By Karen Cernich
Dozens of men, women and children showed up bright and early to the Dutzow trailhead on the Katy Trail a few Saturdays ago to do something rather unexpected — plant trees. The popular Missouri State Park known for attracting cyclists, runners and walkers drew tree lovers on this particular morning. The event marked the launch of a three-year partnership between Magnificent Missouri and Forest ReLeaf of Missouri to plant trees in strategic locations along the Katy Trail, but the real hope is that this project sprouts more tree planting and a renewed appreciation for trees.
To get that message across, all of the volunteers who participated in the Dutzow tree planting were offered a special edition of “The Man Who Planted Trees,” a slim story (just a few dozen pages) that packs a powerful punch about the power of a single person to change a landscape. The book, which has sold more than 250,000 copies around the world and inspired countless tree planters, tells the story of a shepherd who plants 100 acorns a day for 30 years in the foothills of the French Alps. The result is a countryside that is transformed and a community that is revitalized. Dan Burkhardt, founder of Magnificent Missouri, sees the same potential for the Missouri River Valley and the Katy Trail.
“It’s a wonderful fable about what commitment over a long period of time can do to change things for the better,” he told the volunteers. “That’s what we’re doing here, starting a three-year project that will make the Katy Trail better. Magnificent Missouri is dedicated to making the Katy Trail a better, more interesting and sustainable place.”
Meridith Perkins, executive director of Forest ReLeaf, who first read “The Man Who Planted Trees” when she was in forestry school and had her own pocket-sized version of the story that she carried around, agreed. “It has inspired a lot of tree planters over the years, and now it will inspire even more,” she remarked.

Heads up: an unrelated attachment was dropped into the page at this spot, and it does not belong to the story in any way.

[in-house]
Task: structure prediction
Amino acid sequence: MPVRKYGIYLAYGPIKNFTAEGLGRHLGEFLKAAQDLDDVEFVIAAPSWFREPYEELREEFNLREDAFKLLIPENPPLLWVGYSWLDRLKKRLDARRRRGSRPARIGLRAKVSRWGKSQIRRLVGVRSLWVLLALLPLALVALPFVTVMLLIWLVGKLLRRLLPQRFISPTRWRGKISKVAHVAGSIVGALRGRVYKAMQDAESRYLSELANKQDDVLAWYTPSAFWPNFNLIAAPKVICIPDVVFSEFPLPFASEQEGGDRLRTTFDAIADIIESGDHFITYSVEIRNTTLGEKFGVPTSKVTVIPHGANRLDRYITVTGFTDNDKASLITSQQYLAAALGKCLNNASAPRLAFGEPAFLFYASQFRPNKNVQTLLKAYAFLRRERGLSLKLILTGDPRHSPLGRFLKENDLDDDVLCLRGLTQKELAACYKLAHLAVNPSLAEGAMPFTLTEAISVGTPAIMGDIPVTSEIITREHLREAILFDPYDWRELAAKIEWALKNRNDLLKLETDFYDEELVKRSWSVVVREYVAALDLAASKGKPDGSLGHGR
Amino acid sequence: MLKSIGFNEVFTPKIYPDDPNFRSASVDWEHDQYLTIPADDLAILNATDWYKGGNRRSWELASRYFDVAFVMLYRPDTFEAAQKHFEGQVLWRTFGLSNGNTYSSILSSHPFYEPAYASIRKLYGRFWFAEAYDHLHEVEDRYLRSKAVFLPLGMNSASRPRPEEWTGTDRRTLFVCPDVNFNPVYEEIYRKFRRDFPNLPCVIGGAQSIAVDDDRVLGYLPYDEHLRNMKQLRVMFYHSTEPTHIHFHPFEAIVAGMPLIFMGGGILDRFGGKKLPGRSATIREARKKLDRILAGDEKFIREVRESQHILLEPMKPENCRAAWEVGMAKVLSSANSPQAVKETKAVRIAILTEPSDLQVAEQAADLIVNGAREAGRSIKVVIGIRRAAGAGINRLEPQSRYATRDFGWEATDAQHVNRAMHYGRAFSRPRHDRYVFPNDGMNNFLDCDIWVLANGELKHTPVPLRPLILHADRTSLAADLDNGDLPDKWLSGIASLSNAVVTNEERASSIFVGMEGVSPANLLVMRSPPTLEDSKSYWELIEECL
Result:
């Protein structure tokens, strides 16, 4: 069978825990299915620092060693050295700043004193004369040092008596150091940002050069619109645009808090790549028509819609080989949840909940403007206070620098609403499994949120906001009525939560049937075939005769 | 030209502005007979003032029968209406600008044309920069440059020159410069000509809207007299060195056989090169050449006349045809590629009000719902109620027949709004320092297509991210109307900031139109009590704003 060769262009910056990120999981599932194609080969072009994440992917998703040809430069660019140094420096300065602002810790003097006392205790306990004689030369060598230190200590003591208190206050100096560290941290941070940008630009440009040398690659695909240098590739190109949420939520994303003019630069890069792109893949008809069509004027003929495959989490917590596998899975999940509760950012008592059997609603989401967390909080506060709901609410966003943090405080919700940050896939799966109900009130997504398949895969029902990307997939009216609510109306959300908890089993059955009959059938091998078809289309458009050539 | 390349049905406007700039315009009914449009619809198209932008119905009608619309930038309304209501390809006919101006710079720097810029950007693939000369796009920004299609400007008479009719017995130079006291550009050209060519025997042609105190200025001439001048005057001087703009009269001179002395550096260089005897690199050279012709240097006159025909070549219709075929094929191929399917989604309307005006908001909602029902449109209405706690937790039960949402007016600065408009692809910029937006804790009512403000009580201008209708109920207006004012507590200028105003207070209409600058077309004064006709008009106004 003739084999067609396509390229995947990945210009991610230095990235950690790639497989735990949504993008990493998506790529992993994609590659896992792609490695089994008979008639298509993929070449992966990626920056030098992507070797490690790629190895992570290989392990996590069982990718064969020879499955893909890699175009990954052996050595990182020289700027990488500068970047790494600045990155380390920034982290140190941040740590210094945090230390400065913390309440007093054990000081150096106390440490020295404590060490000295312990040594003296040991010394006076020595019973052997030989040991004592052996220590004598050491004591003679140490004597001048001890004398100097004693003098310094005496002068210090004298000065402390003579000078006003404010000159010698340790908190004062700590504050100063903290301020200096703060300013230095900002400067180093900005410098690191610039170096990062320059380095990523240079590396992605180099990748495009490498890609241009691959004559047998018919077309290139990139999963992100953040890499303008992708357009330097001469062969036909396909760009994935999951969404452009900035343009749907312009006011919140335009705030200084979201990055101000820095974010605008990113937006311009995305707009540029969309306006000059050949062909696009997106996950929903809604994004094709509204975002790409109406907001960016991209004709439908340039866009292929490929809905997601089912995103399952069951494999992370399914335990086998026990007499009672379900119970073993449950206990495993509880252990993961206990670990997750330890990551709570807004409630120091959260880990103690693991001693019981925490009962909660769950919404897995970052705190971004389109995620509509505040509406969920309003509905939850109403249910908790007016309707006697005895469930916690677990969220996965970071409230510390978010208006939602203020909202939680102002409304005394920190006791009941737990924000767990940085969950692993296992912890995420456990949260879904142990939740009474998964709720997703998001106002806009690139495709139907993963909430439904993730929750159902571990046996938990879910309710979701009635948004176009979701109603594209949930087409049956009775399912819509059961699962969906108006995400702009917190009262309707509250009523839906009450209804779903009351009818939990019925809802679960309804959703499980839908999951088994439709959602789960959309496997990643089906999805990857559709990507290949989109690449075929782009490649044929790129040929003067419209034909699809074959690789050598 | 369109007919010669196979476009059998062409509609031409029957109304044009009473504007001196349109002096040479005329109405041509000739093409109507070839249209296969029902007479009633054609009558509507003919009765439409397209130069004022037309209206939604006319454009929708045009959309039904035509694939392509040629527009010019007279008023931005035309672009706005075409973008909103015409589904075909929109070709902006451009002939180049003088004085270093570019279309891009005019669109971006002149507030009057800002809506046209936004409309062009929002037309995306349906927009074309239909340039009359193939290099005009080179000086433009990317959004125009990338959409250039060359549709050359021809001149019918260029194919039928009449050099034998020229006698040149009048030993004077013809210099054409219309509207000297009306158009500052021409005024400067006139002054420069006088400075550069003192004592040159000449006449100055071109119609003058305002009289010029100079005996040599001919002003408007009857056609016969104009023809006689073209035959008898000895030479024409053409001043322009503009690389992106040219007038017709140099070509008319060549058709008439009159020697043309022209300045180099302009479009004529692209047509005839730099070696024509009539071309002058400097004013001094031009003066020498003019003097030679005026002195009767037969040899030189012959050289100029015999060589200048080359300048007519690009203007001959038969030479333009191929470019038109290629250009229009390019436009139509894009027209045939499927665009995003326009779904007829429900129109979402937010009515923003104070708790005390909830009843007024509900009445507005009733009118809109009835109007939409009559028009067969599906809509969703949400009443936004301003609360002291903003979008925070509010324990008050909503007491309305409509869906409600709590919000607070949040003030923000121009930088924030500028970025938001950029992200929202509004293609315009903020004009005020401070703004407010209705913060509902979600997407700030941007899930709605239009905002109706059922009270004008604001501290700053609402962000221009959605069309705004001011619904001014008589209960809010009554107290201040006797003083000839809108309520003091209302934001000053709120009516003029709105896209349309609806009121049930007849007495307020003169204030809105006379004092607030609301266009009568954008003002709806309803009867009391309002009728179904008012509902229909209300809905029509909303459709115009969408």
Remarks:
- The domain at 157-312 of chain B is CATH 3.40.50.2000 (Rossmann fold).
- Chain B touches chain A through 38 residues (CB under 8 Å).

Burkhardt, who first read “The Man Who Planted Trees” 20 years ago, remembers being moved by the story from the start. He had found the book on a business trip and decided to buy it because his wife, Connie, loves all things related to France, and he loves all things related to trees. “Little did I know it would turn out to be such an important book to me,” Dan said.
Over the years, he has given away copies to friends and sold copies at the Peers Store, so when the tree planting partnership with Forest ReLeaf began to take shape, the Burkhardts approached the publisher about printing a special “Magnificent Missouri” edition. They dedicated the edition to the late Ted and Pat Jones, enthusiastic tree planters who were instrumental in establishing the Katy Trail State Park more than 30 years ago. “The release of this special edition marks the beginning of a native tree-planting effort along the Katy Trail,” Dan writes in the dedication. “This planting will illustrate the transformative power of trees to future generations who will discover them, like those who appreciated the work of the tree planter in this French fable.”
Goal: Recognize This Area Needs Your Help